1967 was the last year of the "mid year" C2 Corvettes, as the 1963 through 1967 models were known. The styling that shook the world in 1963 had proved itself everywhere, including critical praise and a sales volume that would not quit. Every model year saw a sales increase through 1966; Things cooled down for 1967 in part because it was known that a new body style would be introduced in 1968.

For all cars, 1967 would be a pivotal year. Safety and smog requirements would become the law starting in 1968 and the new regulations would affect performance cars profoundly.

Big blocks continued to be the way to go for Corvette purchasers in 1967; of the five engine options available, four were 427 cu. in. displacement. Multiple carburetors were the secret on the L68 (400 hp, production quantity: 2,101 (9.16%), $306) and L71 (435 hp, production quantity: 3,754 (16.36%), $437) motors. They had been used with great success in the Pontiac GTO but a GM corporate ban caused them to disappear from the Pontiac. Corvette was exempted however and three 2 bbl. Holly carburetors (below) were mounted on top of an aluminum manifold. The center carb was used in normal operation; above 2000 RPM the front and rear units kicked in. Good fuel economy was part of the bargain since only one carburetor was in use most of the time.

Read the entire article

Source: The Corvette Story

Submitted by Phil Ellison

When is that Corvette beyond restoration?

While thoughts of finding a long-neglected 'Vette for a bargain price may keep legions of enthusiasts awake at night, making that car whole might cause nightmares. Should it be restored to factory-original spec or turned into a nice weekend driver - or perhaps given a restomod makeover?

The solution to that multi-dimensional puzzle depends on many factors. Condition is a primary concern, including how much of the original equipment, perhaps now rare and costly, remains. The finished car's potential value bears consideration too.

Werner Meier, of Masterworks Automotive in Madison Heights, Mich., is attuned to the tradeoffs involved. Having resuscitated countless Chevy Corvettes, Meier has a dozen or more restoration projects underway in his shop on any given day. He has hard-earned and well-informed opinions when it comes to making an old 'Vette whole again.

"You will usually do best by going back to stock," Meier said. "If you put a crate motor and aftermarket wheels in a classic Vette, it will be worth less to the purist."

Meier notes that prices paid for restomods - customized and hot-rodded cars with visual appeal - can be misleading. "Restomods that sell for $200,000 may be the result of a $400,000 investment," he said.

But that doesn't mean that a concours restoration is the only solution, Meier added. Often, a completed car's finished value doesn't justify the work's price, and a well-worn Corvette can often be resurrected as a stylish cruiser for far less than the cost of a full restoration.

Read the entire article

Source: Paul Stenquist - Hagerty

Submitted by Phil Ellison

A 48-year journey with a 1961 Corvette

"If there was a good Corvette in the paper, it was gone in a day," said Burton Hall. In 1967's spring and summer, Hall combed the local North Jersey newspaper classified ads for Corvettes daily. Today, he still owns the '61 he purchased that year.

While pursuing his dream 'Vette, Hall attended the Newark College of Engineering (today New Jersey Institute of Technology), and also worked two jobs: delivering for a Chicken Delight franchise in Teaneck, N.J. and selling paint at Sears. He owned an MGA but, like many young men at the time, badly wanted a Corvette.

His curiosity piqued when a 1961 model advertised remained in the paper for three days. He and his father paid a visit and found the Honduras Maroon and white 'Vette had no problems, just an owner who refused to budge from his $1,300 asking price. The car's dual four-barrel, 283-ci V-8 was coupled to a four-speed and 4.11-geared Positraction axle. It was a solid go-fast recipe, if a bit high-revving on the highway.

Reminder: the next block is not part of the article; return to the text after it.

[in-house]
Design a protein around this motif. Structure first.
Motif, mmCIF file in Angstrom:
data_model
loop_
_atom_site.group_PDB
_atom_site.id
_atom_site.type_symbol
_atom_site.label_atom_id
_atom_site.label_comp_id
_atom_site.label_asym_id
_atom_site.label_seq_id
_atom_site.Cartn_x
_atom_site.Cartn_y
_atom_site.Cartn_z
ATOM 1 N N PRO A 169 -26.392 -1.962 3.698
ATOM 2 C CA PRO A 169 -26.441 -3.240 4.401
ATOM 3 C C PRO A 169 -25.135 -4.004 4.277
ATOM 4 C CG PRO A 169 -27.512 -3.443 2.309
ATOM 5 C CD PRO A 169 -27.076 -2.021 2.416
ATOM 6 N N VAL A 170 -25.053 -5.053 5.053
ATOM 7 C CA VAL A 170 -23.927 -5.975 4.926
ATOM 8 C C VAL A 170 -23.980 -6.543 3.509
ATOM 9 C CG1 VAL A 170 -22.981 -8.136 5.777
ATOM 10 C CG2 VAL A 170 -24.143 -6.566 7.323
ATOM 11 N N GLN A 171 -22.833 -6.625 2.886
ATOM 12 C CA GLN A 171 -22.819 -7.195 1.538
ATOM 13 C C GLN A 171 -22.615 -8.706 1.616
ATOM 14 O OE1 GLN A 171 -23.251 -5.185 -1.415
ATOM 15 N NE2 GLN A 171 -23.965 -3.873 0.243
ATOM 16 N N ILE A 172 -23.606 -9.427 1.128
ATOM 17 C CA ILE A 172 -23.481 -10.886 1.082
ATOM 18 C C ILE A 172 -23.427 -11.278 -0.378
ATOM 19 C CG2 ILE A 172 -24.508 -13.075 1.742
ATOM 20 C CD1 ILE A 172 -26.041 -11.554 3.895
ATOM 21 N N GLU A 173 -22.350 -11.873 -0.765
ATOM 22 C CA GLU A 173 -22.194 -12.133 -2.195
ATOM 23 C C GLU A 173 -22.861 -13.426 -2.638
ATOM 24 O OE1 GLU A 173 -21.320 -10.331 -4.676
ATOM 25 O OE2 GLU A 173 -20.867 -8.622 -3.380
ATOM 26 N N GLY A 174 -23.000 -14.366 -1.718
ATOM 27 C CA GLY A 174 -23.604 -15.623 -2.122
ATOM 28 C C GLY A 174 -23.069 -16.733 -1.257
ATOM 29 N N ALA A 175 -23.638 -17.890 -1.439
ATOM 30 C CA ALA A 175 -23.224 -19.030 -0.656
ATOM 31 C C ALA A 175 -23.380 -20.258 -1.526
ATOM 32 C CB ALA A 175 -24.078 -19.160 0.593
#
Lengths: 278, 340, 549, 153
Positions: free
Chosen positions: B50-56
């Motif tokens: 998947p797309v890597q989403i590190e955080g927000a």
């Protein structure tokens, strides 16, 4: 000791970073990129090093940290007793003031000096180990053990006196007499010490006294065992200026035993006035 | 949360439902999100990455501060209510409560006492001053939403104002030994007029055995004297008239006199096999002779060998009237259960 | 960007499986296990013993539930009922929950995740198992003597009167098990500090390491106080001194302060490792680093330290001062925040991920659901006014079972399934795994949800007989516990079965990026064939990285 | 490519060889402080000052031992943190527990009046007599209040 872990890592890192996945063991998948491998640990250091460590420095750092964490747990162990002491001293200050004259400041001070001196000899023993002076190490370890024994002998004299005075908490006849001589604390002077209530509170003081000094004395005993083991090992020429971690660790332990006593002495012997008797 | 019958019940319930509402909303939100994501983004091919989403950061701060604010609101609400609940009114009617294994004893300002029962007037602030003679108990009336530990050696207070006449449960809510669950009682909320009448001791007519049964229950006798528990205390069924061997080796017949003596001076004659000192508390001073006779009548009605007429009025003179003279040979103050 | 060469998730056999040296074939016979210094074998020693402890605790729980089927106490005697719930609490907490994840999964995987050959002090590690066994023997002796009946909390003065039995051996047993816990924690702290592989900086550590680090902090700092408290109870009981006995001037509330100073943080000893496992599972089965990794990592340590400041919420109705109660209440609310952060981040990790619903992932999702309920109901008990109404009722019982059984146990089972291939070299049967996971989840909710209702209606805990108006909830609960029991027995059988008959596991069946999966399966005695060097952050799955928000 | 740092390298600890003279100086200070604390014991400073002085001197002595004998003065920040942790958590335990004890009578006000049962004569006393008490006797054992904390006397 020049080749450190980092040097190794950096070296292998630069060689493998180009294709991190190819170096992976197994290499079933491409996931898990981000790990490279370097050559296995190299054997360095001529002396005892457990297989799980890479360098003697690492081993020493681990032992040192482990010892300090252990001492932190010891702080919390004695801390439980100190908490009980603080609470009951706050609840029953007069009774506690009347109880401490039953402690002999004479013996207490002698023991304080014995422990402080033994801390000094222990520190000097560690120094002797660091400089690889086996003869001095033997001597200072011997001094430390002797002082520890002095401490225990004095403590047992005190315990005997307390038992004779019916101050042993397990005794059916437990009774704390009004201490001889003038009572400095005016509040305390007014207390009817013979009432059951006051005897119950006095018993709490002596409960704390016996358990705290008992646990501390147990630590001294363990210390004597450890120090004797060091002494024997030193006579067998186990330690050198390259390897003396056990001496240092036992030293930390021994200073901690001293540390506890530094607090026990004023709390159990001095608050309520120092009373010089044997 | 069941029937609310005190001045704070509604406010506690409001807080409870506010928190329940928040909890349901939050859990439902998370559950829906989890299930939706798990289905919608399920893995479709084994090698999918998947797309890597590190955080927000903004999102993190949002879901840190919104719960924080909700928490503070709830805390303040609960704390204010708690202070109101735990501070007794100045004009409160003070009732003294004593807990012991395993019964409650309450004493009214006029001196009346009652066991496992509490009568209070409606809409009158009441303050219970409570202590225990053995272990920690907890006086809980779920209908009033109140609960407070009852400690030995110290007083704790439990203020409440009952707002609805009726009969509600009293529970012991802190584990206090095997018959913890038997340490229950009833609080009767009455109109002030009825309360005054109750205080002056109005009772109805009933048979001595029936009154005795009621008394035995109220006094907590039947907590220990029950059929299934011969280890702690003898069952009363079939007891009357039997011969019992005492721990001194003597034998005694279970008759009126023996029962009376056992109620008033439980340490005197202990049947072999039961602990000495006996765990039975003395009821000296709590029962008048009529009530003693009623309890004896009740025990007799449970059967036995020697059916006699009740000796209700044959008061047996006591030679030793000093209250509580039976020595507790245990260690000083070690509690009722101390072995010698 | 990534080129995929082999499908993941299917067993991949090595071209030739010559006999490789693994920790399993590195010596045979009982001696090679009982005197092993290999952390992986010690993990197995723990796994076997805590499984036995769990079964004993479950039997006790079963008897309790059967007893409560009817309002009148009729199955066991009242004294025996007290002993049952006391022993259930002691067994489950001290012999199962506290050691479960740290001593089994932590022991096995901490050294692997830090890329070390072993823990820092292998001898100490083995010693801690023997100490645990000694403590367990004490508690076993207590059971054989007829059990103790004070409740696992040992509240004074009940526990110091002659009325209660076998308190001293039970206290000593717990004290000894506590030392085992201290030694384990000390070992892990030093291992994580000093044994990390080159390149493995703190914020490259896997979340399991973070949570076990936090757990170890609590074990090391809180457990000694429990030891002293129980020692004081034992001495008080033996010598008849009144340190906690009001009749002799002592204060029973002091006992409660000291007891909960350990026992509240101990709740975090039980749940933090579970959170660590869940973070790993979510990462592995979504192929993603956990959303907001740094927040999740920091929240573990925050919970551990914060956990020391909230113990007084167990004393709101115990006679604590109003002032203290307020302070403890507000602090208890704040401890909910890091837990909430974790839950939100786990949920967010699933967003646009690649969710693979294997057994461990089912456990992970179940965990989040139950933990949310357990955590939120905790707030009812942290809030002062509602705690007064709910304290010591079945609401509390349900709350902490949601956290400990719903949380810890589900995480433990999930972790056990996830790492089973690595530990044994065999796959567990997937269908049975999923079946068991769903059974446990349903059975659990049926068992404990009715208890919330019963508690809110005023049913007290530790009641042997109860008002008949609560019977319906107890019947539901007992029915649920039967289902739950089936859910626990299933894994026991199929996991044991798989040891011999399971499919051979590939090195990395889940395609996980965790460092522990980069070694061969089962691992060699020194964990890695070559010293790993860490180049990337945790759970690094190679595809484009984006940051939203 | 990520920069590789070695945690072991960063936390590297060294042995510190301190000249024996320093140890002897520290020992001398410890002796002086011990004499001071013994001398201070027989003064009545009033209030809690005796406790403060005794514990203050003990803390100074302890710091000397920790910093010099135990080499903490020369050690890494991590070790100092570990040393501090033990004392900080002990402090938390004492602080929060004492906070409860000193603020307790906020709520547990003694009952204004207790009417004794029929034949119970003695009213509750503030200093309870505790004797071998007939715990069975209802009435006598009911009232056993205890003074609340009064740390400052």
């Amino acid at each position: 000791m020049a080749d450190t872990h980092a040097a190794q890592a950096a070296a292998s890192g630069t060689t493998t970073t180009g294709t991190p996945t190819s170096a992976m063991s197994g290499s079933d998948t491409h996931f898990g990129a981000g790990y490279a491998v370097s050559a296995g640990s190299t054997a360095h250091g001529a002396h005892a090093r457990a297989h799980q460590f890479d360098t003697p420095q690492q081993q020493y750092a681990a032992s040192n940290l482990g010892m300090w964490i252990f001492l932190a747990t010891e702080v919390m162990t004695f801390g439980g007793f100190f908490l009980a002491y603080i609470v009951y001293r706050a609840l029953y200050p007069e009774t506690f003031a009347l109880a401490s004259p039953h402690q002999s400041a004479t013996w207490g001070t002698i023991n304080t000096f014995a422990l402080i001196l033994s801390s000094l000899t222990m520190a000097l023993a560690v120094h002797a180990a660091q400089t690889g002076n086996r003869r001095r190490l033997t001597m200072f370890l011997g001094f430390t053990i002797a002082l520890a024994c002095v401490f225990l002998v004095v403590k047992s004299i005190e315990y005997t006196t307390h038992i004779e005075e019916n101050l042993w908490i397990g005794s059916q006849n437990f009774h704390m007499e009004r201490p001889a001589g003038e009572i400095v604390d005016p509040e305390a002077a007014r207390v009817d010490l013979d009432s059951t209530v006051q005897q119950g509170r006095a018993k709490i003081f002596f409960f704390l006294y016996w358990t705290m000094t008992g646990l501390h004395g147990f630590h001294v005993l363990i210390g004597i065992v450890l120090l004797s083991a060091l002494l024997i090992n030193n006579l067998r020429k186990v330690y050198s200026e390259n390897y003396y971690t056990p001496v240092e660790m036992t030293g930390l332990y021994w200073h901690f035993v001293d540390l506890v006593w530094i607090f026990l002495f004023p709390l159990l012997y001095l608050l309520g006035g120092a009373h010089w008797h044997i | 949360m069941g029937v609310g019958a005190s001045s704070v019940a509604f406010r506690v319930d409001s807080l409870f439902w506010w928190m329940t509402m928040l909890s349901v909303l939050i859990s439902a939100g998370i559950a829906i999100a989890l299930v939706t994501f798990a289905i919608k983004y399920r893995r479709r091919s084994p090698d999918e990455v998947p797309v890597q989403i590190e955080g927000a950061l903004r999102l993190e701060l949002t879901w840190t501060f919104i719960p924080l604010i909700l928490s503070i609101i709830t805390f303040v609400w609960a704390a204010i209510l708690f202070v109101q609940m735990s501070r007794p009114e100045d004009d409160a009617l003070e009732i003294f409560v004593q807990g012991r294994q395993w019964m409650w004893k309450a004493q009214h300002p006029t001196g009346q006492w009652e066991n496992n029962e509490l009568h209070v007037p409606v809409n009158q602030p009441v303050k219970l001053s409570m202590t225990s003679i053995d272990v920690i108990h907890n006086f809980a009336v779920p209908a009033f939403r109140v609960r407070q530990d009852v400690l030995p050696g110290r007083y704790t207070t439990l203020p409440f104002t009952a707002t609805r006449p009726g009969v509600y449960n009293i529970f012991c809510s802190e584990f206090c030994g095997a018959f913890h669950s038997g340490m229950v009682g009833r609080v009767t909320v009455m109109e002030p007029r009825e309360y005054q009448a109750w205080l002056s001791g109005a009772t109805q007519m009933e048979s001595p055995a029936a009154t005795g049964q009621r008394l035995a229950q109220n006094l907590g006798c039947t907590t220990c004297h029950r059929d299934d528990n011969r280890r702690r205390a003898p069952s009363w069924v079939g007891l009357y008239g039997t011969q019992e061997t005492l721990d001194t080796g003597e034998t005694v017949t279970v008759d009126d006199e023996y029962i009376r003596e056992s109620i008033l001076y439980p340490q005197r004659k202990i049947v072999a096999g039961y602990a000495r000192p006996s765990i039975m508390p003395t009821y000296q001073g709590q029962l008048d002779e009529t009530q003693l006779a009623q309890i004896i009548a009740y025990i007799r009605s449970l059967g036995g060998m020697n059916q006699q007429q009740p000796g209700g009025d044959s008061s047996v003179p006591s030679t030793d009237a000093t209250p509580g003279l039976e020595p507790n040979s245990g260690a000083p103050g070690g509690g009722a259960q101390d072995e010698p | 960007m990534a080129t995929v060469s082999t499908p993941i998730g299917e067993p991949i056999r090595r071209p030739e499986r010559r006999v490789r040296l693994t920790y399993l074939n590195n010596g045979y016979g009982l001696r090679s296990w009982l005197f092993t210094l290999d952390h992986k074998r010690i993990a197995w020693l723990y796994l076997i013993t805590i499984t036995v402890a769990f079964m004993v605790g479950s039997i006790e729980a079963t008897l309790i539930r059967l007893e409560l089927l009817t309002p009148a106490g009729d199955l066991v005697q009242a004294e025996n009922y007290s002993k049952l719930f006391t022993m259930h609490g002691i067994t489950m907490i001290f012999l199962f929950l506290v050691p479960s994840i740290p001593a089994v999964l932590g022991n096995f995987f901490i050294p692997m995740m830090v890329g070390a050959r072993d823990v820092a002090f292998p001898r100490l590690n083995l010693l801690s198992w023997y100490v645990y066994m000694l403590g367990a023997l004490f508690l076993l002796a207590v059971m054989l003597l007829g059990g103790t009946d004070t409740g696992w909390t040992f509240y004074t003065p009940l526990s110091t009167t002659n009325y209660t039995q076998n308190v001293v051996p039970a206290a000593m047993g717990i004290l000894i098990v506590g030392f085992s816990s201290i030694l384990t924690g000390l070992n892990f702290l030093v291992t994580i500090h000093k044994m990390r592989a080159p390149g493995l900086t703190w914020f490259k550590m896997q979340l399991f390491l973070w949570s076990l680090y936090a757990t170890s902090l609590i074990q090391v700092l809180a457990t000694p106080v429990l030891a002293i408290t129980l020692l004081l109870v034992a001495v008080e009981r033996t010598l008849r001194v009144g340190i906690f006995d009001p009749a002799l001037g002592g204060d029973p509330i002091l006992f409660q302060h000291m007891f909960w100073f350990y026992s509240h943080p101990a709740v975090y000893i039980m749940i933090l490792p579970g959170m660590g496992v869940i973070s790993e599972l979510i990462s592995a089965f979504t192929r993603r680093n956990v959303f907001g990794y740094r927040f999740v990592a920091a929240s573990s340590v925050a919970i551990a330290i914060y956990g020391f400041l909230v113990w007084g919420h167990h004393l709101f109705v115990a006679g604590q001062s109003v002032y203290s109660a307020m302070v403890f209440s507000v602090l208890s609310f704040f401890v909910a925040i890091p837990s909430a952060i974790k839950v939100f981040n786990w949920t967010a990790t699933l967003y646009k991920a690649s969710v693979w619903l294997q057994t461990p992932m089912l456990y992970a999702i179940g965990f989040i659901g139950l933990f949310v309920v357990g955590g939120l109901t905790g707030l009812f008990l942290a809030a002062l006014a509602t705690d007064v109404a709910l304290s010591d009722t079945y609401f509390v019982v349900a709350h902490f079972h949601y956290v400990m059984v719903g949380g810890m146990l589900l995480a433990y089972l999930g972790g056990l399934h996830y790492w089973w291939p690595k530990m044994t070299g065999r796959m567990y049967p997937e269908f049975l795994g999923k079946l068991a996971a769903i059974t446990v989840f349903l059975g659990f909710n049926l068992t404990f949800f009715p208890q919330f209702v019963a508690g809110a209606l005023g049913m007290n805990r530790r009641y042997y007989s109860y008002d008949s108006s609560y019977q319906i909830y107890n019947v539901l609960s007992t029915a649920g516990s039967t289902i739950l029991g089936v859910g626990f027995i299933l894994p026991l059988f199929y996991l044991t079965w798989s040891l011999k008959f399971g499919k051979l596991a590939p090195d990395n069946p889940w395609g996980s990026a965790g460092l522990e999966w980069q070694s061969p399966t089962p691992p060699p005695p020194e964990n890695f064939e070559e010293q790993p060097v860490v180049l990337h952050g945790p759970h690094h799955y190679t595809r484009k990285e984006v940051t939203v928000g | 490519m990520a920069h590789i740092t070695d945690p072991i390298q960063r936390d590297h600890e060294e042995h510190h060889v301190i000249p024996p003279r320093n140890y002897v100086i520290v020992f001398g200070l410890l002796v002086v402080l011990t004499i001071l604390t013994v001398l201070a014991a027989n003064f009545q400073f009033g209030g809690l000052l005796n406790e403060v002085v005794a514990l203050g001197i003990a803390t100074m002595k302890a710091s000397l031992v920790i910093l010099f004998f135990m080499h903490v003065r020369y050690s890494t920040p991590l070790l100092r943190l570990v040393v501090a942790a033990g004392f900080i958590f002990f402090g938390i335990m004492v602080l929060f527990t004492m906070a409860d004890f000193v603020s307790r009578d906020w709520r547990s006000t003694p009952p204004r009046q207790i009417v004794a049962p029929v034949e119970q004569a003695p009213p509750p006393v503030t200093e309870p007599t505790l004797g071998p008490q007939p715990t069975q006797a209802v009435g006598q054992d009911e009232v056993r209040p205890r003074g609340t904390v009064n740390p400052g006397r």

Hall had $1,200, and no amount of negotiating - even offering to take the car without the hardtop - would secure the 'Vette. To close the deal he borrowed $100 from a friend.

"I didn't even have money left over for gas," he said. "I paid my friend back the next week, and the Corvette has been the history of my life since."

That history can be seen in the car's service records, which verify 250,000-plus miles, and in a patina that could only come from the original paint and interior. Hall put on the deep-dish Keystone wheels in 1968 but kept the original Vette hubcaps.

"The Keystones have a three-inch offset, so the car looks visually stronger with the wheels kicked out to the corners," Hall said. The Keystones came with spinner-style center caps, or at least two of them did.

"For the next 40 years, that would be the Holy Grail to find at any car swap meet," he said. He finally found one more wheel, and then two years ago, a friend called from a swap meet at Charlotte Motor Speedway while looking at a pair.

Read the entire article

Source: Jim Koscs - Hagerty

Submitted by Phil Ellison

Maine man reunited with Corvette

Edward Chaisson was 19-years-old when he saw it on a car lot in southeastern Massachusetts: A red 1984 Chevy Corvette.

The Quincy, Mass. native bought it for $7,500 in 1995. He drove it a year before joining the Air Force and placed it in storage. It moved from one place to another, and eventually he sold it.

"When I was a kid in high school, these cars were it - they were the car you had to have," Chaisson, now a York, Maine resident, said Friday. Driving it, he said, "was like riding on rails. You couldn't ask for anything better."

He's since had five Corvettes, he said, but never forgot his first because of the sentimental value.

But thanks to some sleuthing and an anonymous tip, Chaisson tracked the Corvette down to a North Bennington barn and bought it this month for a second time.

He was working as a tow-truck driver, he said, when it came onto a Hanover, Mass. car dealership's lot.

"It was a Florida car - a couple drove it from Cape Cod every year," he said. "The top was faded and it needed a paint job."

He drove it for a year, he said, before he joined the air force. The car moved from one garage to another as he was stationed 3,500 miles away. He sold it in 2000.

"I was a punk kid, but this started making me a grown man," he said. He had to make car payments so his mom, the cosigner, wouldn't kill him. And he credits that responsibility to be one reason he went back to get a high school diploma.

There's more with a unique twist - Read the entire article

Source: Battleboro Reformer; Edward Damon

Submitted by Phil Ellison